Rachael Suddarth, PhD, Associate Professor in the Master of Speech-Language Pathology program, keeps a "Bee-First!" sign proudly signifying her own First-Gen status on her office door.
"I want everyone to know that this is my background and students can come talk to me," she said, "and maybe I understand where they are coming from in a way some other people don't."
Growing up, Suddarth was academically successful and the plan always was for her to attend to college. "It was challenging because my parents didn't know how to help me navigate the system. When I was a freshman, my dad went to my guidance counselor and asked, 'How do I make sure my daughter gets a scholarship so she can go to college?'" Her guidance counselor responded that it was unlikely she would get a scholarship or go to college.
"My dad said, 'We are going to do it anyway.'" Intent on doing so, Suddarth got involved in every high school sport, joined the student council, participated in theatre, and maintained a 4.0 GPA. She applied to Truman State University in Kirksville, Missouri. "It was the only college I applied to, and it was because they offered a free application," she said.
"Today I know that I could have called any college and told them I couldn't afford to pay for the application and ask them to waive the fee," she said. "But back then, no one told me that. None of the colleges that contacted me told me that. My guidance counselor never told me that. And my parents wouldn't have known that. So, I applied to the one place we could afford."
Suddarth arrived at Truman State on a full-ride scholarship but soon faced other challenges to navigate on her own, such as choosing a major without any guidance or background on what programs would support her career goal and figuring out how she could feed herself on Sunday nights when the cafeteria was closed.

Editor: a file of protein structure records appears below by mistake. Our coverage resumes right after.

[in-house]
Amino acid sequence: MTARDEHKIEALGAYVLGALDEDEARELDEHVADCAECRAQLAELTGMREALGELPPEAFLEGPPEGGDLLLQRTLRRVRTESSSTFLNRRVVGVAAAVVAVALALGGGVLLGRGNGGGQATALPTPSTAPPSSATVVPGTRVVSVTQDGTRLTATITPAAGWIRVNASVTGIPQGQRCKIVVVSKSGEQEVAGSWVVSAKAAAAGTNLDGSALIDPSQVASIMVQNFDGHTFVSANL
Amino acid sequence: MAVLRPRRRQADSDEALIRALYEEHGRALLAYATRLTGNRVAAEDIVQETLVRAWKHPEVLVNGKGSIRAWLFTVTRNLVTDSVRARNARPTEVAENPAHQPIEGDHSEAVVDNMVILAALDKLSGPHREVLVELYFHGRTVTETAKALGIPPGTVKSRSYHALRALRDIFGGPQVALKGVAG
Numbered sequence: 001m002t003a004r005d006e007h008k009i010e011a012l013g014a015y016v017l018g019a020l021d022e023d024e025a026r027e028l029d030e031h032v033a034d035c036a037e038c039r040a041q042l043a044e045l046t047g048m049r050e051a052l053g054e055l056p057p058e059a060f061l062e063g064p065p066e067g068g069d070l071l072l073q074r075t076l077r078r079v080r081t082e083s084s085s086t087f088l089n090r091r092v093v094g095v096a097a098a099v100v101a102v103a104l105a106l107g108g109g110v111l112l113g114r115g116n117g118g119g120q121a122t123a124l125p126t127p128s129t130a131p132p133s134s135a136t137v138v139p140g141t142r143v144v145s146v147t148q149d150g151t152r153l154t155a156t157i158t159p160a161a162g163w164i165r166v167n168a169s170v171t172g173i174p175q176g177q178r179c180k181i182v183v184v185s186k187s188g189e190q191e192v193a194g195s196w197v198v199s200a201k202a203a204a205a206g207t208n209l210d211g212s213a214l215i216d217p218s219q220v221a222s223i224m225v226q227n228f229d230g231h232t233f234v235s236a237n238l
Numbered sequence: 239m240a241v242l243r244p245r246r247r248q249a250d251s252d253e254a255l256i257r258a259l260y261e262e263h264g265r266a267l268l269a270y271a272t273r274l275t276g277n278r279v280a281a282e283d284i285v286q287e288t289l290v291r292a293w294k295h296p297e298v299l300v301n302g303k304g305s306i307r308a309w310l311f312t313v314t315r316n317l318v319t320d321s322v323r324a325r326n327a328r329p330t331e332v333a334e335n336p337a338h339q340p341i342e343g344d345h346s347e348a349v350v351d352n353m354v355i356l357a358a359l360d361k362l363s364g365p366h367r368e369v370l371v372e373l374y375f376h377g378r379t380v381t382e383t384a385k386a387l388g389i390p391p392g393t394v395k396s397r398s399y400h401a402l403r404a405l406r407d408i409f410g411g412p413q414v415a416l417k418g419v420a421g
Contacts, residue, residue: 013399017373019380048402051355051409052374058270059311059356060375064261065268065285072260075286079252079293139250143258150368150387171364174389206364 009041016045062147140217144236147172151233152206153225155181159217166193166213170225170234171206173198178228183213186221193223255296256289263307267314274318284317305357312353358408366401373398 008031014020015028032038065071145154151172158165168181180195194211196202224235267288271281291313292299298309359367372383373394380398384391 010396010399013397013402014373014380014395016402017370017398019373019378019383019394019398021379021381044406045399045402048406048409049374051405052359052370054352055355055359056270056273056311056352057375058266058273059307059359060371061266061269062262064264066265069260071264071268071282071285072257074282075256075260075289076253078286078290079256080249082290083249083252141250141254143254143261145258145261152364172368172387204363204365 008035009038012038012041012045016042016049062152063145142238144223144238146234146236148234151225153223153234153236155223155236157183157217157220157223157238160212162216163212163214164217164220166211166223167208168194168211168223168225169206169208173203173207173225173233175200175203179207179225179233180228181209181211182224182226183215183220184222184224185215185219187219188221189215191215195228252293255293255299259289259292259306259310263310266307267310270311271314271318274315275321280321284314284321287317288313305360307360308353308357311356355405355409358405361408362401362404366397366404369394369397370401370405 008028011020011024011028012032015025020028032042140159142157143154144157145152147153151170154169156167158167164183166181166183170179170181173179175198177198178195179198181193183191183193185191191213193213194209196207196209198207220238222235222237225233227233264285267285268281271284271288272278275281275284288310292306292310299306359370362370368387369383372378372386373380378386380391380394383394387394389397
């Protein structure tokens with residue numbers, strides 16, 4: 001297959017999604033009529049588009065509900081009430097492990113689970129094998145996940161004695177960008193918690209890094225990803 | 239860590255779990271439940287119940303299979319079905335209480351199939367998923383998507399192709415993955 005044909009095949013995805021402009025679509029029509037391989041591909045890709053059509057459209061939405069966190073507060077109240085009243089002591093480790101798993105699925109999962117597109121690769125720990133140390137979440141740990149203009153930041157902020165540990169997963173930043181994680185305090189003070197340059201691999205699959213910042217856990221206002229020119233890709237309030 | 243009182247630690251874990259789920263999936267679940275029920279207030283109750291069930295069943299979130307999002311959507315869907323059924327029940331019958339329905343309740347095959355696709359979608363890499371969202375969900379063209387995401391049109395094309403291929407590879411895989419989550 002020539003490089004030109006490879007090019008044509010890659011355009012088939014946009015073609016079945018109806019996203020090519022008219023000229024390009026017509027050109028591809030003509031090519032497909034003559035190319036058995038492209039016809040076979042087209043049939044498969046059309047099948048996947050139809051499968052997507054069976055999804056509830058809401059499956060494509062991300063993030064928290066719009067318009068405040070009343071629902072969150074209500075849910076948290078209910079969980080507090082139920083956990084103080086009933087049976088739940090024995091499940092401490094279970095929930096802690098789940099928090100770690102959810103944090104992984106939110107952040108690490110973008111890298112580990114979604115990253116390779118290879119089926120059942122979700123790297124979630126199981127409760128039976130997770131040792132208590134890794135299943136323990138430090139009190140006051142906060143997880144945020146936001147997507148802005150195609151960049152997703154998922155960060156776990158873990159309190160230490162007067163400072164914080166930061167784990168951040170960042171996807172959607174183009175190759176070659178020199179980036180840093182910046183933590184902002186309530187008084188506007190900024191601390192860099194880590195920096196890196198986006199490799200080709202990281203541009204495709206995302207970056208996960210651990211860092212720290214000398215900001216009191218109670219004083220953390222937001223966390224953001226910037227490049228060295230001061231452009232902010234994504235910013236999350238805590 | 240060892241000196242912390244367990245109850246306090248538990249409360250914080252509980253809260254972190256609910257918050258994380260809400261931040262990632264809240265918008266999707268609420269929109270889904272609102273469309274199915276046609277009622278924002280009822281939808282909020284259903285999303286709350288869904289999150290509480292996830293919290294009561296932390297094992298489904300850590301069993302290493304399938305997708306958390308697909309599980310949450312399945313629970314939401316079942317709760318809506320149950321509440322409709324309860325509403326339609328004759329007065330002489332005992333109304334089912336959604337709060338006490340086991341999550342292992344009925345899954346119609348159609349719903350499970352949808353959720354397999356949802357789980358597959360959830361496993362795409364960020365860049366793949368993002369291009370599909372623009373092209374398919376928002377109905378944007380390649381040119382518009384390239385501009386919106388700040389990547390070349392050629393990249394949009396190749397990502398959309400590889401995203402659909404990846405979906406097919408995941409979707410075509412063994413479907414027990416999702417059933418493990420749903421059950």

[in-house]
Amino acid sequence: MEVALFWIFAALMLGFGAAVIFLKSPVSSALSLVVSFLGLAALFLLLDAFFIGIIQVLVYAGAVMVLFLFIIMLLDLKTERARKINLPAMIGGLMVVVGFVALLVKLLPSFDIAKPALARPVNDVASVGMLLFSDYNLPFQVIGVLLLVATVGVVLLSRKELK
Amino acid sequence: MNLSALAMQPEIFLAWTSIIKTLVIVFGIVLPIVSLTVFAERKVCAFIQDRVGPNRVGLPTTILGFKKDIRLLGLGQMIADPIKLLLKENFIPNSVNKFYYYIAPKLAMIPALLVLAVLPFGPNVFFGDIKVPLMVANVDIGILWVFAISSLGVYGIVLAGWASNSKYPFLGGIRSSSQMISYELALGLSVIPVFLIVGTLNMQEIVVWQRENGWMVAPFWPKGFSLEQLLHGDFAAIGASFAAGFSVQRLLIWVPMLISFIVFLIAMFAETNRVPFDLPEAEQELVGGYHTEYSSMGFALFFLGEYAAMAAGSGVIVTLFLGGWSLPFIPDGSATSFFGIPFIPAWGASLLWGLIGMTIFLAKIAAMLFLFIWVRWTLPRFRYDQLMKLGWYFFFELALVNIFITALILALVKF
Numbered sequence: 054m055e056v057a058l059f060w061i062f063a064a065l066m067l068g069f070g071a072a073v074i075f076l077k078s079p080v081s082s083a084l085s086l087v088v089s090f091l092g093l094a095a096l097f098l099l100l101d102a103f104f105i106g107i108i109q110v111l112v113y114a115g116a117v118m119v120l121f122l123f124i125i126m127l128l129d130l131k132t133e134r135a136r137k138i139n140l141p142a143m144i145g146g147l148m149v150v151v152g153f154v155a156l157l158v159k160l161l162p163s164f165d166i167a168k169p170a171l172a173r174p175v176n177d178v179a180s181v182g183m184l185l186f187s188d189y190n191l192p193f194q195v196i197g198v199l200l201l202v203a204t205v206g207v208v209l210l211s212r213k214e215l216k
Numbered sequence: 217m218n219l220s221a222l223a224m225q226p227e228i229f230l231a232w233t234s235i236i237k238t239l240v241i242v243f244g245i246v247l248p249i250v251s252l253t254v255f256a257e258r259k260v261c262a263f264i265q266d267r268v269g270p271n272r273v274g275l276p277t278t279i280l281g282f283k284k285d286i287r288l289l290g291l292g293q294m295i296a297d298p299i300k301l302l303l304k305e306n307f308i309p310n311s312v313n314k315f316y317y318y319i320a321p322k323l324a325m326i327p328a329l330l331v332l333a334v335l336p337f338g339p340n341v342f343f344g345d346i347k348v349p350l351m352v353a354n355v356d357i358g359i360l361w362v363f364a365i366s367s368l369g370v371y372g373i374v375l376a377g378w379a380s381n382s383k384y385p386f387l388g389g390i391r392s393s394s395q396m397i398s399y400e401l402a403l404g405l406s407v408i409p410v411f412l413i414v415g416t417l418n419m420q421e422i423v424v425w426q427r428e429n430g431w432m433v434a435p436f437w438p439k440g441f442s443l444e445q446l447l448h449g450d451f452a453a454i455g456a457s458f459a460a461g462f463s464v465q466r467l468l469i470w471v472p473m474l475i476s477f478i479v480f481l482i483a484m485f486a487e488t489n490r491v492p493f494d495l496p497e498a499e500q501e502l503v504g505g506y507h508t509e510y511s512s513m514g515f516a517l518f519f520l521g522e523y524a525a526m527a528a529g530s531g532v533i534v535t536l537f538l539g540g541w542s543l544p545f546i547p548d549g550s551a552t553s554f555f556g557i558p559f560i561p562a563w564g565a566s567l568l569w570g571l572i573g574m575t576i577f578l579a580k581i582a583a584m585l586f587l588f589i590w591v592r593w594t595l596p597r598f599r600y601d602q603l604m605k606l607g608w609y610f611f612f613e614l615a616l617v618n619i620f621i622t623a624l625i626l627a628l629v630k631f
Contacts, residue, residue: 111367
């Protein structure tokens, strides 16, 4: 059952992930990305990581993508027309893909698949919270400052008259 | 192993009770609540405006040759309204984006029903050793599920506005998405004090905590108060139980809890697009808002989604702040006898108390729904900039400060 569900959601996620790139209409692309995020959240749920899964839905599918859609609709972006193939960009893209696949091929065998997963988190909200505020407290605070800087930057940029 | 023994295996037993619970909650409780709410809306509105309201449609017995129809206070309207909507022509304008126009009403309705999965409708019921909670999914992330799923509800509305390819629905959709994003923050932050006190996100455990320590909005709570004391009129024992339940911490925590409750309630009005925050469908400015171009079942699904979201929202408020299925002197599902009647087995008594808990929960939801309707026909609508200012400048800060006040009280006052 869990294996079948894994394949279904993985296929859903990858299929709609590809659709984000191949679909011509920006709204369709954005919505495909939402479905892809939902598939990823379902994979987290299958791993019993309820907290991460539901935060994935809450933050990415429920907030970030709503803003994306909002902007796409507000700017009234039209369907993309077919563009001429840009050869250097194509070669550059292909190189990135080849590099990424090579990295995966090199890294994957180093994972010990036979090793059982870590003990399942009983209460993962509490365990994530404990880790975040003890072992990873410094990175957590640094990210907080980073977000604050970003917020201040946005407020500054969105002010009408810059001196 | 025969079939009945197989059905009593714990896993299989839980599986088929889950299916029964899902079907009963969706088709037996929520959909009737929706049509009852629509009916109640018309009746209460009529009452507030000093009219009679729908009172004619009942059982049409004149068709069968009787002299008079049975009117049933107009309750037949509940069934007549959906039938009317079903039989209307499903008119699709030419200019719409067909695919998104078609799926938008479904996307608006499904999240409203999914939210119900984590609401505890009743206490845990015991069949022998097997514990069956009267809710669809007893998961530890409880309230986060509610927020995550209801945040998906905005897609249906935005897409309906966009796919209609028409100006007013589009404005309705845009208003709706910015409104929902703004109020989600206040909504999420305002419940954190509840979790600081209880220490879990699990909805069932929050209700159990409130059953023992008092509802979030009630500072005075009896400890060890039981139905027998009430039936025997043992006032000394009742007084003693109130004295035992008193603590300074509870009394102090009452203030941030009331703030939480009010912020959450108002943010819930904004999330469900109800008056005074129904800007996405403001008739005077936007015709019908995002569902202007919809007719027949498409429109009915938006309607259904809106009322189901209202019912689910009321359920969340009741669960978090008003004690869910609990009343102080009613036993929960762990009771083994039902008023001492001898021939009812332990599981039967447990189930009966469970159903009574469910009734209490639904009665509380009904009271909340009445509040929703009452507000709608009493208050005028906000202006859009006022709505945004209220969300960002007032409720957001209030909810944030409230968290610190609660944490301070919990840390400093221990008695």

Through all of those experiences, and more, Suddarth came to realize that she is resilient. "And, that I can problem-solve right? It helped me become a personal problem solver, having to tell myself, ‘All right, I'm going to sit down with this website and I'm going to keep looking until I can find my answer.' It taught me to be very independent as a person when I navigate the world," she said.
"And what it helped me learn as an educator is that I can't assume everyone knows how to navigate the system, so I try to be an educator by invitation. I don't just sit back and wait for someone to show up at my office, I invite them."
Rachael Suddarth, PhD
"... I can’t assume everyone knows how to navigate the system, so I try to be an educator by invitation. I don't just sit back and wait for someone to show up at my office, I invite them."
Suddarth also encourages her first-generation graduate students to reach higher. "I try to move them towards additional education, ask them to envision what it would look like and what it could be to go on and earn a PhD, so it's not just generation after generation after generation of people who know how college works, but that there are new voices."
All faculty in the MSLP program are committed to meeting the needs of students who do not have the same level of family support as most of their peers. "I'll send little notes to students just to let them know, hey, I see you. I see you are working hard and to remind them that I am here, that they are valuable and they have an important role to play," Suddarth said.
First-Generation Day is an important celebration. "I would have loved it when I was a student. It would have been very valuable because I would have made connections with other students who were facing the same challenges, just to know there is a person I can reach out to and talk to," she said.
"The message I want to share with first-generation students is to trust in yourself and that you have the ability to be here, and that St. Ambrose will help you problem-solve. That's what we're all about. We want to see you succeed because we care about you as a person," Suddarth said. "Just having that knowledge – that we are valuable because we are people – can go a long way, and always know that we are stronger than we think we are. We can do great things."